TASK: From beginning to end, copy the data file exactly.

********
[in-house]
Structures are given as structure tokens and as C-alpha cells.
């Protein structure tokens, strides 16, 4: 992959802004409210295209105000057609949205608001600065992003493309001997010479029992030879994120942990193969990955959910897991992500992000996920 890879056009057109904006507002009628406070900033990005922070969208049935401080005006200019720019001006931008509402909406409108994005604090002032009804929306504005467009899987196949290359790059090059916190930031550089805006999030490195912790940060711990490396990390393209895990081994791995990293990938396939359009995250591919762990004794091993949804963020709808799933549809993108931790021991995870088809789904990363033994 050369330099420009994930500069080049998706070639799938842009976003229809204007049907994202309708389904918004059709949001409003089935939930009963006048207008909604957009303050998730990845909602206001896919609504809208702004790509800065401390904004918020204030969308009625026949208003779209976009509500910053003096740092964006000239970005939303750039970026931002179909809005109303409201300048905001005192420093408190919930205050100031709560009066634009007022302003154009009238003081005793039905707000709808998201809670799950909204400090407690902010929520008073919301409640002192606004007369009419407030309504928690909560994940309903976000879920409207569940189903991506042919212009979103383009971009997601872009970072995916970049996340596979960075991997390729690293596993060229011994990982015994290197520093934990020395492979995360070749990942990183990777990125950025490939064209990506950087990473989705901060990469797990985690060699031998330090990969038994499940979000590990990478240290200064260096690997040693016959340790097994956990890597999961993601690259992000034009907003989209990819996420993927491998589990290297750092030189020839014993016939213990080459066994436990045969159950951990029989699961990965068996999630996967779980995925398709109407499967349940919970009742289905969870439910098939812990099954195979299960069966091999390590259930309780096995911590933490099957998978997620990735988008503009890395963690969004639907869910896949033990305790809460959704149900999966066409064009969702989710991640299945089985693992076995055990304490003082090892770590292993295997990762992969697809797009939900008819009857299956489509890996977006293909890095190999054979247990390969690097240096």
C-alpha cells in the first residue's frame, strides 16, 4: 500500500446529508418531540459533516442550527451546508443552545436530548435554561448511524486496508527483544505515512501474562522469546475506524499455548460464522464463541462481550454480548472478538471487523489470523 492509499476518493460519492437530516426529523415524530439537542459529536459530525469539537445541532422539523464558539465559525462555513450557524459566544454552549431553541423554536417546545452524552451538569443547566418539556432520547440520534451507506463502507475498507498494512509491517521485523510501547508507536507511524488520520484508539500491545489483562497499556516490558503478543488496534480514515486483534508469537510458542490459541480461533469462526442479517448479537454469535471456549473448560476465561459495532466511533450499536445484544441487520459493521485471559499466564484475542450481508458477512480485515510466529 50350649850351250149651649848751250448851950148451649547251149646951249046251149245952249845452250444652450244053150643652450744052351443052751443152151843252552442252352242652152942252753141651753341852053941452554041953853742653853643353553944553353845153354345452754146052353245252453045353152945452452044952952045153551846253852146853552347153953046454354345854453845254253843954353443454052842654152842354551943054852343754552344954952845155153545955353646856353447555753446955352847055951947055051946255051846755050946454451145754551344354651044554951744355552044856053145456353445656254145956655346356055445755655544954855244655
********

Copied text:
[in-house]
Structures are given as structure tokens and as C-alpha cells.
């Protein structure tokens, strides 16, 4: 992959802004409210295209105000057609949205608001600065992003493309001997010479029992030879994120942990193969990955959910897991992500992000996920 890879056009057109904006507002009628406070900033990005922070969208049935401080005006200019720019001006931008509402909406409108994005604090002032009804929306504005467009899987196949290359790059090059916190930031550089805006999030490195912790940060711990490396990390393209895990081994791995990293990938396939359009995250591919762990004794091993949804963020709808799933549809993108931790021991995870088809789904990363033994 050369330099420009994930500069080049998706070639799938842009976003229809204007049907994202309708389904918004059709949001409003089935939930009963006048207008909604957009303050998730990845909602206001896919609504809208702004790509800065401390904004918020204030969308009625026949208003779209976009509500910053003096740092964006000239970005939303750039970026931002179909809005109303409201300048905001005192420093408190919930205050100031709560009066634009007022302003154009009238003081005793039905707000709808998201809670799950909204400090407690902010929520008073919301409640002192606004007369009419407030309504928690909560994940309903976000879920409207569940189903991506042919212009979103383009971009997601872009970072995916970049996340596979960075991997390729690293596993060229011994990982015994290197520093934990020395492979995360070749990942990183990777990125950025490939064209990506950087990473989705901060990469797990985690060699031998330090990969038994499940979000590990990478240290200064260096690997040693016959340790097994956990890597999961993601690259992000034009907003989209990819996420993927491998589990290297750092030189020839014993016939213990080459066994436990045969159950951990029989699961990965068996999630996967779980995925398709109407499967349940919970009742289905969870439910098939812990099954195979299960069966091999390590259930309780096995911590933490099957998978997620990735988008503009890395963690969004639907869910896949033990305790809460959704149900999966066409064009969702989710991640299945089985693992076995055990304490003082090892770590292993295997990762992969697809797009939900008819009857299956489509890996977006293909890095190999054979247990390969690097240096």
C-alpha cells in the first residue's frame, strides 16, 4: 500500500446529508418531540459533516442550527451546508443552545436530548435554561448511524486496508527483544505515512501474562522469546475506524499455548460464522464463541462481550454480548472478538471487523489470523 492509499476518493460519492437530516426529523415524530439537542459529536459530525469539537445541532422539523464558539465559525462555513450557524459566544454552549431553541423554536417546545452524552451538569443547566418539556432520547440520534451507506463502507475498507498494512509491517521485523510501547508507536507511524488520520484508539500491545489483562497499556516490558503478543488496534480514515486483534508469537510458542490459541480461533469462526442479517448479537454469535471456549473448560476465561459495532466511533450499536445484544441487520459493521485471559499466564484475542450481508458477512480485515510466529 50350649850351250149651649848751250448851950148451649547251149646951249046251149245952249845452250444652450244053150643652450744052351443052751443152151843252552442252352242652152942252753141651753341852053941452554041953853742653853643353553944553353845153354345452754146052353245252453045353152945452452044952952045153551846253852146853552347153953046454354345854453845254253843954353443454052842654152842354551943054852343754552344954952845155153545955353646856353447555753446955352847055951947055051946255051846755050946454451145754551344354651044554951744355552044856053145456353445656254145956655346356055445755655544954855244655